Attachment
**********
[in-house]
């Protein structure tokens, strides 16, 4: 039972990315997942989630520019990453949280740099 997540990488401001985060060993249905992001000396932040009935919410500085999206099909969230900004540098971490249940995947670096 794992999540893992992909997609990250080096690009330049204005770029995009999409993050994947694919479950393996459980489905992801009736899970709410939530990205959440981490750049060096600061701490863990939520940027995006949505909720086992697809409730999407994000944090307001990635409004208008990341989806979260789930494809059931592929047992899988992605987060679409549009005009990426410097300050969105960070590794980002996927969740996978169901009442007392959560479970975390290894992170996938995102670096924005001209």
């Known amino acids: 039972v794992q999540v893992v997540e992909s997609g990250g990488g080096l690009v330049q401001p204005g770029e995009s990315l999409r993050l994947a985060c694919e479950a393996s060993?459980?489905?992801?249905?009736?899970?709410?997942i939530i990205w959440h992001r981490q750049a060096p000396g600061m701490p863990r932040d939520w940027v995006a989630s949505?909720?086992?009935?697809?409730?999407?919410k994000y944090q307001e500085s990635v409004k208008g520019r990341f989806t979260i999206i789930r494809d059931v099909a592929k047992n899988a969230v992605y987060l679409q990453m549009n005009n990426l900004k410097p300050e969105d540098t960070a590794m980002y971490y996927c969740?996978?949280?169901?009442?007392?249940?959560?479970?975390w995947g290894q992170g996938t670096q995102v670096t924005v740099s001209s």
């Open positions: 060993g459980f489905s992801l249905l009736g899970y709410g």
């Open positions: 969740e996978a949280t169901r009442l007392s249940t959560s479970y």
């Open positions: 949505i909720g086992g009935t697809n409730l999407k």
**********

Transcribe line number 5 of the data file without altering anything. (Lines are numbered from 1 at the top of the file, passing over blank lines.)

């Open positions: 969740e996978a949280t169901r009442l007392s249940t959560s479970y």